Friday, 4 September 2015
A cyclist with squeaky brakes and a pair of crutches strapped to his back passed me as I walked into work.
A cyclist with squeaky brakes and a pair of crutches strapped to his back passes me as I walk into work.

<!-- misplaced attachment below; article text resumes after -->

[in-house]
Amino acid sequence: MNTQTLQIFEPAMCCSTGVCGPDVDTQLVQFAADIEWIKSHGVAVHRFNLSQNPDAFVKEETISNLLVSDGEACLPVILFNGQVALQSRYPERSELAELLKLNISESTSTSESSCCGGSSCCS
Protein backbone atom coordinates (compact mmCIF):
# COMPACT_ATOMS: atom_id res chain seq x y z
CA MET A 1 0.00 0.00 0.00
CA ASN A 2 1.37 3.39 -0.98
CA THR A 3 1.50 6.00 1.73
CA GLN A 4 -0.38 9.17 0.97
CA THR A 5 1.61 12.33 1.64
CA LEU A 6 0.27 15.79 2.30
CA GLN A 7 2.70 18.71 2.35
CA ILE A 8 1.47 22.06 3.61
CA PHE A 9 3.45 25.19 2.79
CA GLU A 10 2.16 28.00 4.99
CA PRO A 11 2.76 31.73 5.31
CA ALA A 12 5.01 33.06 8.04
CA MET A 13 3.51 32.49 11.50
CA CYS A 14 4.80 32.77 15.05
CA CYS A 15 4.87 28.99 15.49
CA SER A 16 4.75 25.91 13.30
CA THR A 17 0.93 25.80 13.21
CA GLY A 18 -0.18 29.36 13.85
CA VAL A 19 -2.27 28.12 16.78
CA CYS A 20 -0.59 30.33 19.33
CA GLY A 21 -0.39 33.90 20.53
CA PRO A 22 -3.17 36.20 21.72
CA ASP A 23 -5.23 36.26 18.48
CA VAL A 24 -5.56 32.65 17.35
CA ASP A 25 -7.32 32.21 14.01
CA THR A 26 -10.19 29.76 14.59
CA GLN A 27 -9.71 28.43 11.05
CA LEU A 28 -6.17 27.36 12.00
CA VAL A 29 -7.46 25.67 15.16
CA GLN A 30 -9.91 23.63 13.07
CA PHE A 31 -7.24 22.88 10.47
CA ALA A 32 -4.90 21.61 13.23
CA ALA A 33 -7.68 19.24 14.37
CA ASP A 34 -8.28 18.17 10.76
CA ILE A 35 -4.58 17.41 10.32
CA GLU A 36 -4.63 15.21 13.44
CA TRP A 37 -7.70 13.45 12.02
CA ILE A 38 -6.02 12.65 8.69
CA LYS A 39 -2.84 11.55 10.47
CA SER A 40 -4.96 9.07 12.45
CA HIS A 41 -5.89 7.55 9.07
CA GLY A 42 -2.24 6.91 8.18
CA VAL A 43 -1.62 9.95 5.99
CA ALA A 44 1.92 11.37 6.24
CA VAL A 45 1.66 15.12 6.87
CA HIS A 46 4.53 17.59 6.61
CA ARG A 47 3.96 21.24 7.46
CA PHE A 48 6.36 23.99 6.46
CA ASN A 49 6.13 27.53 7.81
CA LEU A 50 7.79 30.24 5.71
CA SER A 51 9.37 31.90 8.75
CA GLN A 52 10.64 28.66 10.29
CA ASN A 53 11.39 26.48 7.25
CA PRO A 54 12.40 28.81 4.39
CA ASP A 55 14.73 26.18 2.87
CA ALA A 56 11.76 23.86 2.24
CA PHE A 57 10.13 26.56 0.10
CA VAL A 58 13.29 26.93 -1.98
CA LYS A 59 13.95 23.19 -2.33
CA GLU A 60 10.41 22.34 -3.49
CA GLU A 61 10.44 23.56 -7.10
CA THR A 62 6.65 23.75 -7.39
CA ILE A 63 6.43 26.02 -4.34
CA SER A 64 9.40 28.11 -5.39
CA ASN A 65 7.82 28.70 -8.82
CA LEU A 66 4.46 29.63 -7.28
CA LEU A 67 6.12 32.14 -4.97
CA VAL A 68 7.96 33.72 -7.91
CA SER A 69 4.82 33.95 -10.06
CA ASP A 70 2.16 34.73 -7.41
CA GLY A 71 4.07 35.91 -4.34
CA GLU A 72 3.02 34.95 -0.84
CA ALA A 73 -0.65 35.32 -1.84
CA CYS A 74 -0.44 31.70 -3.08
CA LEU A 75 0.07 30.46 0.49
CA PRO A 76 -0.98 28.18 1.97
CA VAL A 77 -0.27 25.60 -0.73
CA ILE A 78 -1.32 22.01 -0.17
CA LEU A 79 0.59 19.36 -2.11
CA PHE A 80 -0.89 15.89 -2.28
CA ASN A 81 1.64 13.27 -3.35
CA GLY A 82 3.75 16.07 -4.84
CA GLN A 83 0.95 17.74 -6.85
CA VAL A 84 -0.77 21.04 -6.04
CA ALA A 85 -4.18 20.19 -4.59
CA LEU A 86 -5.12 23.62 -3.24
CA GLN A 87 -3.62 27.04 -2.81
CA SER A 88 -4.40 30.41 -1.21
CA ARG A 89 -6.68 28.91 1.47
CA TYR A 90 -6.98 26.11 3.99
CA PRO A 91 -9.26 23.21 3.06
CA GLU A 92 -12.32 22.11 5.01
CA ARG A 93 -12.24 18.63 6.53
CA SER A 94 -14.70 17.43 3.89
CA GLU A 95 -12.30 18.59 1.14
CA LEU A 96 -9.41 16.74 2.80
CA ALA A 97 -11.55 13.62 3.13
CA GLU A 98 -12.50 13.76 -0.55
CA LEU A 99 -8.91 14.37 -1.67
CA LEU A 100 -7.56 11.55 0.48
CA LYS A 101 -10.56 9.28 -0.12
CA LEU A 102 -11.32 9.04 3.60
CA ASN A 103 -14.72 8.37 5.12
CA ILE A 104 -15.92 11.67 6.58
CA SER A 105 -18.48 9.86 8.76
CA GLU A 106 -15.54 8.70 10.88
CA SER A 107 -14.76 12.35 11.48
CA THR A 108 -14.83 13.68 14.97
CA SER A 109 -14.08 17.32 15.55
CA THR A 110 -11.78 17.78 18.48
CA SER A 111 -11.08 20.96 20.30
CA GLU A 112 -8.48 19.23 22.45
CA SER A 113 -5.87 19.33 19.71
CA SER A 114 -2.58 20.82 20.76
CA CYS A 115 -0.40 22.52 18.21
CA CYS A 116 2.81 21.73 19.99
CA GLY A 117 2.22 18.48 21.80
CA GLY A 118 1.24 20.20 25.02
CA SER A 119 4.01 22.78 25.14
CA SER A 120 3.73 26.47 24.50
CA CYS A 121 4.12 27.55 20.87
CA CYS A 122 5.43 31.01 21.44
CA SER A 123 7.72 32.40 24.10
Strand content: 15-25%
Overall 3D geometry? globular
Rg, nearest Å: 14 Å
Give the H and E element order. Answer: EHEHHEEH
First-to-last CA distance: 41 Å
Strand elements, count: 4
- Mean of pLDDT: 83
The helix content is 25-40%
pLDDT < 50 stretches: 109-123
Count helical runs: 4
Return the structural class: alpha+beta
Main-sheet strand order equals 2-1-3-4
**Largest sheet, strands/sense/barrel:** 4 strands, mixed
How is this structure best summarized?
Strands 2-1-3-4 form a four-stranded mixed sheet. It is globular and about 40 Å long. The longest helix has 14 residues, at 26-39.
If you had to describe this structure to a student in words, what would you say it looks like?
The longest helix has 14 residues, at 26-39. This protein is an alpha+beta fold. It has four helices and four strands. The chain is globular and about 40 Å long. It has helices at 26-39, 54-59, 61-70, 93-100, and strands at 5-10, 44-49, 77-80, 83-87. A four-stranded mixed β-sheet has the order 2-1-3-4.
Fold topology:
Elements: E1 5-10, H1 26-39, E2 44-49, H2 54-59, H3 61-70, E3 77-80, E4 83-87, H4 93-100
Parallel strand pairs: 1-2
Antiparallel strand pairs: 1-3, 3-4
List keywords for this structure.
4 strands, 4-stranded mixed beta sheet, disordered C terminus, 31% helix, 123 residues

On the bus with some other men in high visibility clothing, the main topics of conversation are caravans, caravan based holidays, and the football transfer window. I alight at the nursing home and follow the woman on the mobility scooter past the ivy-covered lampposts, the pink hydrangeas, the smeared dog shit and the sandwich packaging. I turn off along the terrace with no front gardens; a long row of telly backs and cable knots. I turn off again to a stinking dog piss accreted yard of crisp packets, expanding foam, dandelions and empty milk cartons next door to an obsessive mini Versaille of hoverflies, succulents and fancy gravels. The clock tower strikes the hour and the running man with the dog jumps over the spilt grab bag of Maltesers; neat parallel rows of chocolate beads line up in the grate of the storm drain. Out from the tidy side street of bungalows, the ladies begin to flock with their hair set, their trouser suits pressed, their shoes gold and their shopping bags for life. They each round the corner into the main road and get a wet slap in the face from the big overhanging buddleia. I carry on past the sheltered houses with their gladioli in planters, beige washing lines and handwritten No Parking signs. On, past the back-to-backs where the dock leaves grow from the thick green snail-slime striated moss on the stone steps below the leaky guttering. Past the fairy lights and decking, the cooking sauce jars, squashed slugs and blackberries. On up to the new estate with the fake bricked-up windows, the concrete lintels and architraves, the pretend leaded lights, the miniature gardens (where the box shrubs have already overstepped their boundaries) and the herringbone paving in the communal parking bays: a small Honda, a large Honda, an Astra a Citroen C1... I cut across the sodden plastic lawn (laid directly over stone flags) to the big, gated Victorian, Atkinson Grimshaw mansions whose wide-as- a-street driveways are bordered with poplar, rhododendron, holly, begonia, topiary teddy bears, ferns and golden beech leaves on neatly trimmed lawns; the first fall of autumn. The only other person around is the happy old man with the walking frame.